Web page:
Should August matter in the NFL?

Vince Lombardi photo courtesy of the Green Bay Packers

2015 New Orleans Saints Carolina 27 - New Orleans 22 (L) 0-3

(Sean Payton photo courtesy of the New Orleans Saints)

(Vince Lombardi photo courtesy of the Green Bay Packers)

By Rick Gosselin

Talk of Fame Network

Hall of Fame coach Vince Lombardi would not have been a fan of Sean Payton.

Lombardi always played to win, whether the games were in August, November or January. He believed winning becomes a habit. And he had that particular habit down pat.

Lombardi’s winning percentage of 73.9 in the regular season is second best of all-time. His winning percentage of 90.0 in the post-season is the best of all time. Exhibition games may not matter – but they mattered to Lombardi. He won 42 of the 50 preseason games he coached in Green Bay, a winning percentage of 84 percent. His Packers once compiled a 19-game winning streak in the preseason.

Which brings us back to Payton. He coaches the New Orleans Saints and has a Super Bowl ring on his hand. So he obviously cares when his Saints play games that matter. Not so in the games that don’t matter.

Payton’s Saints have lost their last seven preseason games, the longest such drought in the NFL. New Orleans lost its preseason finale in 2014, all four games in 2015 and are now 0-2 this August. In Payton’s 10-year head-coaching career, he won 60.4 percent of his regular-season games. But his Saints are four games under .500 in preseasons during that stretch.

Payton isn’t the only coach who plays it safe in August, opting for good health rather than good results. That’s the trend in today’s salary cap-driven NFL. Don’t risk your starters in the exhibition games. Last weekend, in the second full weekend of preseason play, starting quarterbacks Tom Brady, Ben Roethlisberger, Aaron Rodgers, Joe Flacco, Kirk Cousins, Philip Rivers and Teddy Bridgewater were all held out.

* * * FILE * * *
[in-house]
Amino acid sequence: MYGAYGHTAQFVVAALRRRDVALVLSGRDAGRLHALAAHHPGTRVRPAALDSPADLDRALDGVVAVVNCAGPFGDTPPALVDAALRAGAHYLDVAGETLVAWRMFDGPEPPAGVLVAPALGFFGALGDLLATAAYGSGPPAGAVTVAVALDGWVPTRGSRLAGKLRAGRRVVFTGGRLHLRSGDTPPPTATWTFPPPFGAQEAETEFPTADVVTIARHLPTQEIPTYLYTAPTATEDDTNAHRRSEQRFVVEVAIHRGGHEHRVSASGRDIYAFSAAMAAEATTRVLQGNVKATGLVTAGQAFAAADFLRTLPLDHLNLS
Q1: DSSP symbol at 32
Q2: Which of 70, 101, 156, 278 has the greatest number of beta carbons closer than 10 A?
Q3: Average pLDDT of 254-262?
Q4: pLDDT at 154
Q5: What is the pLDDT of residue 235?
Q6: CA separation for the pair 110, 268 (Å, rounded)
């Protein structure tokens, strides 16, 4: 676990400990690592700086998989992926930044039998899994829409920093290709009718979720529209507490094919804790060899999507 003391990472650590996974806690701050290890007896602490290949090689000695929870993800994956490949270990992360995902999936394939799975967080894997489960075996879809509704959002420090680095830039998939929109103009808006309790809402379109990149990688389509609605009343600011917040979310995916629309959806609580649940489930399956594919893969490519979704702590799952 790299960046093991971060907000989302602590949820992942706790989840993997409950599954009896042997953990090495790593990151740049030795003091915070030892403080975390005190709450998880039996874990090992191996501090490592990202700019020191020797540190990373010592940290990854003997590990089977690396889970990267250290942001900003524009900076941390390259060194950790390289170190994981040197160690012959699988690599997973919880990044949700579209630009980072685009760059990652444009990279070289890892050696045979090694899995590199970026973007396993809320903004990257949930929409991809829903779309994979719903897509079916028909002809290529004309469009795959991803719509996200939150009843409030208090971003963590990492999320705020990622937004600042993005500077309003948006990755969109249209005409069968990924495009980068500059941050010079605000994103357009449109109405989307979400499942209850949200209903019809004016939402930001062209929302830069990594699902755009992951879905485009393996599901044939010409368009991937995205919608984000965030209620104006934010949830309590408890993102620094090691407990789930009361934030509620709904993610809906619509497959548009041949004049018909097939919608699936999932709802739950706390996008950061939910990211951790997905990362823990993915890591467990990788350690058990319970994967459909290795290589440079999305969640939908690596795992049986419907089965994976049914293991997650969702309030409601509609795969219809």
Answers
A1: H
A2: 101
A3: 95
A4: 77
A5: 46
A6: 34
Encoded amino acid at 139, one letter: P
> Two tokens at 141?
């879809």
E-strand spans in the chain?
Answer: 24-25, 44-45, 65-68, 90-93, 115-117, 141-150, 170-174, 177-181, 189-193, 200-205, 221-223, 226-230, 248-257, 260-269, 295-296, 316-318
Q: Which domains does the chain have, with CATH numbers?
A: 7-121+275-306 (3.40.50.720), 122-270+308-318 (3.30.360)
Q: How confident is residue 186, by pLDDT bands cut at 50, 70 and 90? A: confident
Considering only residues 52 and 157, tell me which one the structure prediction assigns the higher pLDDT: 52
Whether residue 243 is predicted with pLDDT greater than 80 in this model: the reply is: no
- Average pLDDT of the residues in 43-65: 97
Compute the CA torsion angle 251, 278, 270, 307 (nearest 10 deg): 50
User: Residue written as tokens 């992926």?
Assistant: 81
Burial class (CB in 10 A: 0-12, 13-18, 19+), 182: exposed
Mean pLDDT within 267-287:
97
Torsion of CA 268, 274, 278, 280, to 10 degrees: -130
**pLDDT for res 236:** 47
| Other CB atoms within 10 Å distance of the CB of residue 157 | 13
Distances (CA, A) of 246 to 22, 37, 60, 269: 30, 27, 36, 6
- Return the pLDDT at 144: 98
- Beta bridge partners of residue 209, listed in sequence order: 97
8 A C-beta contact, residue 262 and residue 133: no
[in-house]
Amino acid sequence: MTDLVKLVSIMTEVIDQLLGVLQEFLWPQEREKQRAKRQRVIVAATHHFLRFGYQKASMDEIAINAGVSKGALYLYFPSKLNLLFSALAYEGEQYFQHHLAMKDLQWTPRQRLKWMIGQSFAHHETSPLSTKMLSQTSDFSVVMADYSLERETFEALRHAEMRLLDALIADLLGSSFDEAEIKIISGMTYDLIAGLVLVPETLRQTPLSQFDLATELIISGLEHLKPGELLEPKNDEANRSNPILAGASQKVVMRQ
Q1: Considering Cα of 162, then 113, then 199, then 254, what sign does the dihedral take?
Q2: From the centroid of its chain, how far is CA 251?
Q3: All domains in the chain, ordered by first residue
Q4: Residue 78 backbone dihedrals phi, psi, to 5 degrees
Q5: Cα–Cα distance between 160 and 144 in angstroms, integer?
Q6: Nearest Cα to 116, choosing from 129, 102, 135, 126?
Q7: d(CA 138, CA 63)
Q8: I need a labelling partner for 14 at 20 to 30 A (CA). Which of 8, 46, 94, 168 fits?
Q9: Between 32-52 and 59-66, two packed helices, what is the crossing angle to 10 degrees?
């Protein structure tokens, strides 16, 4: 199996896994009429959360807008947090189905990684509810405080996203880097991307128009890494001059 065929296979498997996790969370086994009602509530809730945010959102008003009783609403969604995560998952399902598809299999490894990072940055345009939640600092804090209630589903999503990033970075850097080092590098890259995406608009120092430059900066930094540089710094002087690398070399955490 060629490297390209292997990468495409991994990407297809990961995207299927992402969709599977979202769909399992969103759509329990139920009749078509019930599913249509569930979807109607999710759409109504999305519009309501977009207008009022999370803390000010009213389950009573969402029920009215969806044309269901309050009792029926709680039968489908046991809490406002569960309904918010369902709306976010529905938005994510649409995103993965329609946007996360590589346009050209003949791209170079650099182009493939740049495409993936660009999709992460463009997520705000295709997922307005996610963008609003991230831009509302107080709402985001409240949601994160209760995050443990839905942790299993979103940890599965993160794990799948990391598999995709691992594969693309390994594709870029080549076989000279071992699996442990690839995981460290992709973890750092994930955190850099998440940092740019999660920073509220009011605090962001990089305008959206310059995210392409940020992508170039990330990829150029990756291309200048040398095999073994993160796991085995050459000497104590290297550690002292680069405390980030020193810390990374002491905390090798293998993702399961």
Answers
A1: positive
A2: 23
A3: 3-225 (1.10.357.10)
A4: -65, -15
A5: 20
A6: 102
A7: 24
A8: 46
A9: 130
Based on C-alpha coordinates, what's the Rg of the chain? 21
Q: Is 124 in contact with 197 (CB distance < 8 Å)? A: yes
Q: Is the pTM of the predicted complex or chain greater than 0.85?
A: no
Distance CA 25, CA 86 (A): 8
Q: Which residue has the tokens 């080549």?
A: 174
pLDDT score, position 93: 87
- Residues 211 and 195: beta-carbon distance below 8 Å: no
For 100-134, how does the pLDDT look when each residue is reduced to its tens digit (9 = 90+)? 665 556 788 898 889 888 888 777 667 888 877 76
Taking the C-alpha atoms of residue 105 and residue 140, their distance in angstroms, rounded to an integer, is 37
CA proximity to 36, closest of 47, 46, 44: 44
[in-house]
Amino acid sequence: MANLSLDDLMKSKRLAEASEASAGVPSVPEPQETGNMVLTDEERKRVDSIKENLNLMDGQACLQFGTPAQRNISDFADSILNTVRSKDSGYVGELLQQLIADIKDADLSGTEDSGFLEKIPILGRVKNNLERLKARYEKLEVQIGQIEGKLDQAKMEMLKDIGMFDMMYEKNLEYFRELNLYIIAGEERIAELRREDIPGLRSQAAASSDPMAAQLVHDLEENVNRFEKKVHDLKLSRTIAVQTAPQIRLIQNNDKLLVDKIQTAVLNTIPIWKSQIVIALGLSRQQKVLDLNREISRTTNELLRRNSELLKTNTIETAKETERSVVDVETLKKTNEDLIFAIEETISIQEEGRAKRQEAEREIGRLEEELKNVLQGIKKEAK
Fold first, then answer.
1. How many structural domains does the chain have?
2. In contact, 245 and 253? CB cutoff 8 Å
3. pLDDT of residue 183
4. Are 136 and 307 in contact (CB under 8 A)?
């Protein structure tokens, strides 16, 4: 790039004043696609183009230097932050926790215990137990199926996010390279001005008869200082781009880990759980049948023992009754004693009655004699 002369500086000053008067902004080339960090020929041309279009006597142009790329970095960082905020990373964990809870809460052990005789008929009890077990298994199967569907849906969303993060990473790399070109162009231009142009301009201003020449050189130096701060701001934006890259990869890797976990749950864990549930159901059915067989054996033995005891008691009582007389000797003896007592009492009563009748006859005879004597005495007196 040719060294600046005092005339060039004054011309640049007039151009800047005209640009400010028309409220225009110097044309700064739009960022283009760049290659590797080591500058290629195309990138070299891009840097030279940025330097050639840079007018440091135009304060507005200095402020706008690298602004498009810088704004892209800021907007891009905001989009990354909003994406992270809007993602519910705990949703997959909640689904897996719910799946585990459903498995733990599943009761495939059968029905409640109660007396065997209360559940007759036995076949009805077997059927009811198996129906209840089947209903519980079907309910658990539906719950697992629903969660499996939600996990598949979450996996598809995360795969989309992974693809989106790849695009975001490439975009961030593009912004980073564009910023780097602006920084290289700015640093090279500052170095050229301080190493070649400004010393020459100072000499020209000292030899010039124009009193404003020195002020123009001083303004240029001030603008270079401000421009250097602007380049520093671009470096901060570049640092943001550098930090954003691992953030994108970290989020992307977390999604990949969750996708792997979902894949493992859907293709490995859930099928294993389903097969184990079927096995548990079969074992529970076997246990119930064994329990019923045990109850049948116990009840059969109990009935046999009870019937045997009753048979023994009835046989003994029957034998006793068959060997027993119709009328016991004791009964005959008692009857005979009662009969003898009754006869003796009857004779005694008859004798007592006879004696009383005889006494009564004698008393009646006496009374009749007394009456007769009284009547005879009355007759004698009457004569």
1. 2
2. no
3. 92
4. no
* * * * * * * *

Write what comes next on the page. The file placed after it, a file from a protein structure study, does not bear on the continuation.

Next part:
There have been preseasons when Brady, a two-time NFL MVP, didn’t take a snap. Hall-of-Fame hopeful LaDainian Tomlinson once went two consecutive preseasons without playing a down. Coaches don’t get fired for losing in the preseason, so winning is not a priority in August.

But you have to go all the way back to 1982 to find a team that went winless in the preseason, then rebounded to win an NFL championship. That was the Washington Redskins, who were 0-4 that preseason, then posted an NFL-best 8-1 record in the strike-shortened regular season on the way to the first Lombardi Trophy for Hall-of-Fame coach Joe Gibbs. Those Redskins are the only team in the Super Bowl era to rally from a winless preseason to hoist the Lombardi Trophy.


(Joe Gibbs photo courtesy of the Washington Redskins)

In fact, only seven of the last 33 Super Bowl champions endured losing preseasons on the way to claiming a Lombardi Trophy. Maybe Vince Lombardi was on to something. Maybe the winning should start in August, especially for teams that have never won before.

So pay attention Arizona Cardinals, Atlanta Falcons, Buffalo Bills, Carolina Panthers, Cincinnati Bengals, Cleveland Browns, Detroit Lions, Houston Texans, Jacksonville Jaguars, Minnesota Vikings, Philadelphia Eagles, San Diego Chargers and Tennessee Titans.

The Baltimore Ravens went 4-0 in the preseason on the way to their first Lombardi Trophy in 2000. So did the Seattle Seahawks on the way to their first Lombardi in 2013. The 2001 New England Patriots, 2002 Tampa Bay Buccaneers and 2009 Saints all went 3-1 in the preseason on the way to their first Lombardi Trophies.

Just as winning can become a habit, so can losing. New Orleans suffered losing records each of the last two seasons and missed out on the playoffs. The 3-1 preseason in 2009 that set the stage for the lone Super Bowl championship by the Saints was one of only three winning preseasons of the Payton era.

The Saints are a team that needs to get the winning culture back. August might be a good place to start.

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1 Comment

  1. Scott Dochterman
    August 28, 2016

    I’d chop the preseason in half and add one regular-season game (and a second bye week) to be played at a neutral site. Make it a non-conference game, heck maybe do an offseason lottery to add to the drama. That way you could play eight annual regular-season games in London, four or five in Mexico City, routinely test markets in Toronto, Montreal and Berlin and possibly have a season opener every few years in Tokyo, China or Australia without taking away a home date. While it increases the total inventory by only 16 games, TV gets two extra weeks of programming through the season and extends the season in the vital sweeps period of February. One extra game doesn’t sound quite as physically daunting as two, especially with a two-game preseason reduction.

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